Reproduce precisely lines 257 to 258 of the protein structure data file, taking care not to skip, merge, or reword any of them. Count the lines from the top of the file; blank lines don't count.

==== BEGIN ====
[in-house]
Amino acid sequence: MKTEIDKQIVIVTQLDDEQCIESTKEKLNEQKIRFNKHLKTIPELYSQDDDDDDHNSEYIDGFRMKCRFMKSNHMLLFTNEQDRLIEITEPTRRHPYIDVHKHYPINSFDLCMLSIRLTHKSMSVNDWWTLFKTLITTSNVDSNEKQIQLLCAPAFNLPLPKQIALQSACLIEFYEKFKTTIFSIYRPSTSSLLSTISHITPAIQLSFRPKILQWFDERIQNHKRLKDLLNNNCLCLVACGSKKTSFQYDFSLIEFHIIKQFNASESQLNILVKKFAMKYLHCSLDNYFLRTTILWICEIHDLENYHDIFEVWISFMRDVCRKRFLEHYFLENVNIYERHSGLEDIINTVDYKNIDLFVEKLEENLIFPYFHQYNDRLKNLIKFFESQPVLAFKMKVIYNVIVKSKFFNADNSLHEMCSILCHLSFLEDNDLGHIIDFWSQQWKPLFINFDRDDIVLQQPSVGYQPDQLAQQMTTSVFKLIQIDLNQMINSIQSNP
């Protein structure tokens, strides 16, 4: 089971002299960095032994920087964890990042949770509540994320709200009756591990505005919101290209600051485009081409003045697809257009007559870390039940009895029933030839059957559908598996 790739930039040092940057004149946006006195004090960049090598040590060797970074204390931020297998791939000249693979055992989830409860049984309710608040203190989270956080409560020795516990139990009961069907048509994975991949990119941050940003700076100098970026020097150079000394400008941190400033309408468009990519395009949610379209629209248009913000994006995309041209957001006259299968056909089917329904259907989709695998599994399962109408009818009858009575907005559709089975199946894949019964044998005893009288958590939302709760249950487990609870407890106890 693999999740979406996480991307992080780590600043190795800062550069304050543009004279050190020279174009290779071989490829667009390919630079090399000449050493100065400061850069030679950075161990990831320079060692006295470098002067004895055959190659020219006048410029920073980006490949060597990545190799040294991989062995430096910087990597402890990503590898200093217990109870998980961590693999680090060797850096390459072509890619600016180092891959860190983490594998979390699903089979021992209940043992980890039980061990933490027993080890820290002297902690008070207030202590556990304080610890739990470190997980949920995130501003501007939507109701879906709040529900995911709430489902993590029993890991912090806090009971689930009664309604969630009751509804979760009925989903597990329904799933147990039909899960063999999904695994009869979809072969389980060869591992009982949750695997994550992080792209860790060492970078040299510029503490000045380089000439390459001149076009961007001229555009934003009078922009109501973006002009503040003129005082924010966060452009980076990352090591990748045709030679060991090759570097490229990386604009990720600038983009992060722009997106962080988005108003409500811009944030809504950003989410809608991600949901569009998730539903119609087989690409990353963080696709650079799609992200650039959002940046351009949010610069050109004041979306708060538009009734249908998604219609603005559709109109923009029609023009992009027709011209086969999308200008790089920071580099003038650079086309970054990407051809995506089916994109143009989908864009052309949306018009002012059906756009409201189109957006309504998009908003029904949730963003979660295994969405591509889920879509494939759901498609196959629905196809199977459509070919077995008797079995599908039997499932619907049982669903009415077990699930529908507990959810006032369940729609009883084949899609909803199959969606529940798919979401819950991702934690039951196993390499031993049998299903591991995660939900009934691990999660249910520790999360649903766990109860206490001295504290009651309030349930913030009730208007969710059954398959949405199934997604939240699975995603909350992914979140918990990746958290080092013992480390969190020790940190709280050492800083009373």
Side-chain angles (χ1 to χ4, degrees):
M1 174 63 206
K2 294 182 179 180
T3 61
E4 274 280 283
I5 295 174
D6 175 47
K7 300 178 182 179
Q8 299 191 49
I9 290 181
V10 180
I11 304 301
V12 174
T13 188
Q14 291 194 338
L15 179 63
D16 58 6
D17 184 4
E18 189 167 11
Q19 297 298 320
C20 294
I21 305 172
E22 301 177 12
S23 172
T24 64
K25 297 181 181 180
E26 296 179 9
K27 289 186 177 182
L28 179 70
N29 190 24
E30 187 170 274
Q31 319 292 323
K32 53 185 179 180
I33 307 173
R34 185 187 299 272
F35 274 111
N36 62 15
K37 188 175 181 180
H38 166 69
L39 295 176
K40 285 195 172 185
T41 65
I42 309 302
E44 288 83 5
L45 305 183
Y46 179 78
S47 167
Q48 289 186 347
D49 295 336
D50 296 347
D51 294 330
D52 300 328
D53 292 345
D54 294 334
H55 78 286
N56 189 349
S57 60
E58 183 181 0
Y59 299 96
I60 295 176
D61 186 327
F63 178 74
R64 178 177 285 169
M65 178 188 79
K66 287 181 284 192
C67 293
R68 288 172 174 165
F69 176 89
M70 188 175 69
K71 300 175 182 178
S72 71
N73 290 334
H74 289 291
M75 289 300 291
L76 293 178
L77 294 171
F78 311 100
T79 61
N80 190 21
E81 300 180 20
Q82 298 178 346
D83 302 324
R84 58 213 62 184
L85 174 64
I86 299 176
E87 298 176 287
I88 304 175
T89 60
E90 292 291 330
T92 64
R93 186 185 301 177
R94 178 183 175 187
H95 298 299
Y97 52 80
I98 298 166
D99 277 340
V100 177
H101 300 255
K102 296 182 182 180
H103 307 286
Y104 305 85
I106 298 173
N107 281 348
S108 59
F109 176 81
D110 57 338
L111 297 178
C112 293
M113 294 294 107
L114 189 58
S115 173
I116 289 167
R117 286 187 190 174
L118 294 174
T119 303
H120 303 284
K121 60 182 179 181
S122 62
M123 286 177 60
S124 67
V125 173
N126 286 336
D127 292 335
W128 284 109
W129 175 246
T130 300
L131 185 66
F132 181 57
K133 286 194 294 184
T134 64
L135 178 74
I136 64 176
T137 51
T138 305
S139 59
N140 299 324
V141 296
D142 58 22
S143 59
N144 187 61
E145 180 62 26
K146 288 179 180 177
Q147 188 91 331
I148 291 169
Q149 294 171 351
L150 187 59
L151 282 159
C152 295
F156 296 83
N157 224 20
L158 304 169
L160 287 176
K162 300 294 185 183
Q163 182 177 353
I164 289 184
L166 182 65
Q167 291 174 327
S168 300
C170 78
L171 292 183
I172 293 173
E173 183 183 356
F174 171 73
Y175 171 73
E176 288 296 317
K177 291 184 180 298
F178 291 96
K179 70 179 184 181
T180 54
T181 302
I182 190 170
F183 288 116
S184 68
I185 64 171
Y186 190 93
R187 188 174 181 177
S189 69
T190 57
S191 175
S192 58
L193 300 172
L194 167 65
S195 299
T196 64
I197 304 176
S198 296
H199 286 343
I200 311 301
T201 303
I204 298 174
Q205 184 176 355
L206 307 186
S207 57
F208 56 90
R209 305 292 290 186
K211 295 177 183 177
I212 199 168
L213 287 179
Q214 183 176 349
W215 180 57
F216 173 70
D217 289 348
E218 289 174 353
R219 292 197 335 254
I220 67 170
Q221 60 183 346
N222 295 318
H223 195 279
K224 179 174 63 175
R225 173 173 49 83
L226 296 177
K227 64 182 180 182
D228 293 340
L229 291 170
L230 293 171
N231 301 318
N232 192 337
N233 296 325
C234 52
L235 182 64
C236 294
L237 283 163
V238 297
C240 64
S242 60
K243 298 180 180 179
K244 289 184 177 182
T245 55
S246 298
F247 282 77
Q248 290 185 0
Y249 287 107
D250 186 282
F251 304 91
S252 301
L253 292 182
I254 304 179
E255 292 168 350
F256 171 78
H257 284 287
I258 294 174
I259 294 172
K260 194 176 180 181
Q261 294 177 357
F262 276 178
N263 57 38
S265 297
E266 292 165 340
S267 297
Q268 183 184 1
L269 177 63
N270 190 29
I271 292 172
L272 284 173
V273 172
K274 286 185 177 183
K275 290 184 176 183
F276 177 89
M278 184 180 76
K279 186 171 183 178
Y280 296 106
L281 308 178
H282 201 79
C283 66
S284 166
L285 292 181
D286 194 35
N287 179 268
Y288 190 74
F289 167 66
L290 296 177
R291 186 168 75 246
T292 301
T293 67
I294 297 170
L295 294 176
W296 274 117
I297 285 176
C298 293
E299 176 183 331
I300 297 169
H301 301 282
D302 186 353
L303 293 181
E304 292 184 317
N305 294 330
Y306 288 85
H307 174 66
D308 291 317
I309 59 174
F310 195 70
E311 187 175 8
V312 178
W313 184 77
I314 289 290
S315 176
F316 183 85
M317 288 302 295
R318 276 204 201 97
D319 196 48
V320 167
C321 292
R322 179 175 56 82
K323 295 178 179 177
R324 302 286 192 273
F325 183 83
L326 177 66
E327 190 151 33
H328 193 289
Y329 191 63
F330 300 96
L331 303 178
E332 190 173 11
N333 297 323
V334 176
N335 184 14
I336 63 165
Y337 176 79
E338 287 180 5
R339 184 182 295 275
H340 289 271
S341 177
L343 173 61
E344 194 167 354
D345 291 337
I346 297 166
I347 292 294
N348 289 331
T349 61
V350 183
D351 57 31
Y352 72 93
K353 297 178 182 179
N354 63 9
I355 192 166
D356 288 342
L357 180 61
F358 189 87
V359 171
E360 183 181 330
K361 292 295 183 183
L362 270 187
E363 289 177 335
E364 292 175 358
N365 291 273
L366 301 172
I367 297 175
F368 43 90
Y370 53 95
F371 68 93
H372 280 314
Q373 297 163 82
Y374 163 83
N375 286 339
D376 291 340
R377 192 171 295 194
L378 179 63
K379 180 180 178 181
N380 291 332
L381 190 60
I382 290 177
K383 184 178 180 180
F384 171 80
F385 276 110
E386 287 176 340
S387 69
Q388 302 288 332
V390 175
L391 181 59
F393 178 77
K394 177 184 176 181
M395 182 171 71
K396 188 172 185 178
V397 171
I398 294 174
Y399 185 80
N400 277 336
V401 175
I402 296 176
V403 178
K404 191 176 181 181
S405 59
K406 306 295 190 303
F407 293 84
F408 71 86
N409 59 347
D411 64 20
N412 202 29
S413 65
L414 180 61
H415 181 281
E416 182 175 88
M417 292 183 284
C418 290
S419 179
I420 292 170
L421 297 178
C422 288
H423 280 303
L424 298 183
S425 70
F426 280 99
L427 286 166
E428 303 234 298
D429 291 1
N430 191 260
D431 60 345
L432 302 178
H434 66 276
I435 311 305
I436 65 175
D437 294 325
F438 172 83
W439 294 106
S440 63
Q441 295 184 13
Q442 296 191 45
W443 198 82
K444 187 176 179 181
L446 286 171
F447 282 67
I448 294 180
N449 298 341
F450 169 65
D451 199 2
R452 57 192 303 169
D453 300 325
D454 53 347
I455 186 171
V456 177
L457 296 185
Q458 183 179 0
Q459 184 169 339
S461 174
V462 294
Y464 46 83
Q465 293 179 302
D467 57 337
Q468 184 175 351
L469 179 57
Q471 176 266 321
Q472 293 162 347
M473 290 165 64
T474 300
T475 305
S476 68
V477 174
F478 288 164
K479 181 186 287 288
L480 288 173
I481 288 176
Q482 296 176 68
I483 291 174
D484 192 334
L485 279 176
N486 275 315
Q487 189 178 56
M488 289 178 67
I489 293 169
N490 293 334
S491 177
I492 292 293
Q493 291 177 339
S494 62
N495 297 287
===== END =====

L272 284 173
V273 172